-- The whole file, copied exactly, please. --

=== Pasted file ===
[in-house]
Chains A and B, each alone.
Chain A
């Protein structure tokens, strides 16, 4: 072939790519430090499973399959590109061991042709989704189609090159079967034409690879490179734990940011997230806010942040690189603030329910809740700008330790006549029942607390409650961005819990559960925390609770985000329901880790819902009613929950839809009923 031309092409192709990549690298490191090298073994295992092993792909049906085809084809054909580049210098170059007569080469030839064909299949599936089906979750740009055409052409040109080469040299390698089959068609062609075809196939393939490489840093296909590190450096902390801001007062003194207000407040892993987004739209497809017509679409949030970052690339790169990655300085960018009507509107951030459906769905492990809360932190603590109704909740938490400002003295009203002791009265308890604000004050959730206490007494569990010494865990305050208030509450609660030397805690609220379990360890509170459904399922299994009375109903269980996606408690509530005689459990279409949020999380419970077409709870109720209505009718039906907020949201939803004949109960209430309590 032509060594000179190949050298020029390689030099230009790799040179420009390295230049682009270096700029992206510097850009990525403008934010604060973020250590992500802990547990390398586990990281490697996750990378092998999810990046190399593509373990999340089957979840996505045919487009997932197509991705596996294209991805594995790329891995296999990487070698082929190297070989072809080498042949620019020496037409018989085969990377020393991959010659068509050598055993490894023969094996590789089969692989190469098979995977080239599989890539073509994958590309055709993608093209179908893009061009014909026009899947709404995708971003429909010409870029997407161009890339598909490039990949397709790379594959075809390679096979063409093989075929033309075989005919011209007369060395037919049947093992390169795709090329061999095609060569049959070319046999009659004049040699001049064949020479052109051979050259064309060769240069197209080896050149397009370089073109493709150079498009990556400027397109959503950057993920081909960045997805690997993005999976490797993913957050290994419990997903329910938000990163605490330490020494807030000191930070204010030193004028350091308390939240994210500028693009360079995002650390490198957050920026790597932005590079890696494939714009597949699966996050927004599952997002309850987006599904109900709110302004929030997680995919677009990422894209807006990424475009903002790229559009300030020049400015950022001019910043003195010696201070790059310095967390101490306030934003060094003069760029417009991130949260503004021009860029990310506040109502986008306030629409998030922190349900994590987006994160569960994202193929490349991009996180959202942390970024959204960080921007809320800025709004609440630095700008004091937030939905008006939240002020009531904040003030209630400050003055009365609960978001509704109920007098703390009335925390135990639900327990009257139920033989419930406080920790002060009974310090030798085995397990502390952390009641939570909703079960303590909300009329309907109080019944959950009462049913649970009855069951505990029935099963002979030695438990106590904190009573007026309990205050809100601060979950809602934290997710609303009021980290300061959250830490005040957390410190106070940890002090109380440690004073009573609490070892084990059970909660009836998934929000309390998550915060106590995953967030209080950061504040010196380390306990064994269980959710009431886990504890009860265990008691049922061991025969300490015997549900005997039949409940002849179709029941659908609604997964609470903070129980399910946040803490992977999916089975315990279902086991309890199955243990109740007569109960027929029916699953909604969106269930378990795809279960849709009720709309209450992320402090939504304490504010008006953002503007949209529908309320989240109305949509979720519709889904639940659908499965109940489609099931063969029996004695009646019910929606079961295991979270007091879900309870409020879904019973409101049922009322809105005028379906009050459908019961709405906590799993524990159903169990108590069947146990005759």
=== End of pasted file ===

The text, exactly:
[in-house]
Chains A and B, each alone.
Chain A
């Protein structure tokens, strides 16, 4: 072939790519430090499973399959590109061991042709989704189609090159079967034409690879490179734990940011997230806010942040690189603030329910809740700008330790006549029942607390409650961005819990559960925390609770985000329901880790819902009613929950839809009923 031309092409192709990549690298490191090298073994295992092993792909049906085809084809054909580049210098170059007569080469030839064909299949599936089906979750740009055409052409040109080469040299390698089959068609062609075809196939393939490489840093296909590190450096902390801001007062003194207000407040892993987004739209497809017509679409949030970052690339790169990655300085960018009507509107951030459906769905492990809360932190603590109704909740938490400002003295009203002791009265308890604000004050959730206490007494569990010494865990305050208030509450609660030397805690609220379990360890509170459904399922299994009375109903269980996606408690509530005689459990279409949020999380419970077409709870109720209505009718039906907020949201939803004949109960209430309590 032509060594000179190949050298020029390689030099230009790799040179420009390295230049682009270096700029992206510097850009990525403008934010604060973020250590992500802990547990390398586990990281490697996750990378092998999810990046190399593509373990999340089957979840996505045919487009997932197509991705596996294209991805594995790329891995296999990487070698082929190297070989072809080498042949620019020496037409018989085969990377020393991959010659068509050598055993490894023969094996590789089969692989190469098979995977080239599989890539073509994958590309055709993608093209179908893009061009014909026009899947709404995708971003429909010409870029997407161009890339598909490039990949397709790379594959075809390679096979063409093989075929033309075989005919011209007369060395037919049947093992390169795709090329061999095609060569049959070319046999009659004049040699001049064949020479052109051979050259064309060769240069197209080896050149397009370089073109493709150079498009990556400027397109959503950057993920081909960045997805690997993005999976490797993913957050290994419990997903329910938000990163605490330490020494807030000191930070204010030193004028350091308390939240994210500028693009360079995002650390490198957050920026790597932005590079890696494939714009597949699966996050927004599952997002309850987006599904109900709110302004929030997680995919677009990422894209807006990424475009903002790229559009300030020049400015950022001019910043003195010696201070790059310095967390101490306030934003060094003069760029417009991130949260503004021009860029990310506040109502986008306030629409998030922190349900994590987006994160569960994202193929490349991009996180959202942390970024959204960080921007809320800025709004609440630095700008004091937030939905008006939240002020009531904040003030209630400050003055009365609960978001509704109920007098703390009335925390135990639900327990009257139920033989419930406080920790002060009974310090030798085995397990502390952390009641939570909703079960303590909300009329309907109080019944959950009462049913649970009855069951505990029935099963002979030695438990106590904190009573007026309990205050809100601060979950809602934290997710609303009021980290300061959250830490005040957390410190106070940890002090109380440690004073009573609490070892084990059970909660009836998934929000309390998550915060106590995953967030209080950061504040010196380390306990064994269980959710009431886990504890009860265990008691049922061991025969300490015997549900005997039949409940002849179709029941659908609604997964609470903070129980399910946040803490992977999916089975315990279902086991309890199955243990109740007569109960027929029916699953909604969106269930378990795809279960849709009720709309209450992320402090939504304490504010008006953002503007949209529908309320989240109305949509979720519709889904639940659908499965109940489609099931063969029996004695009646019910929606079961295991979270007091879900309870409020879904019973409101049922009322809105005028379906009050459908019961709405906590799993524990159903169990108590069947146990005759």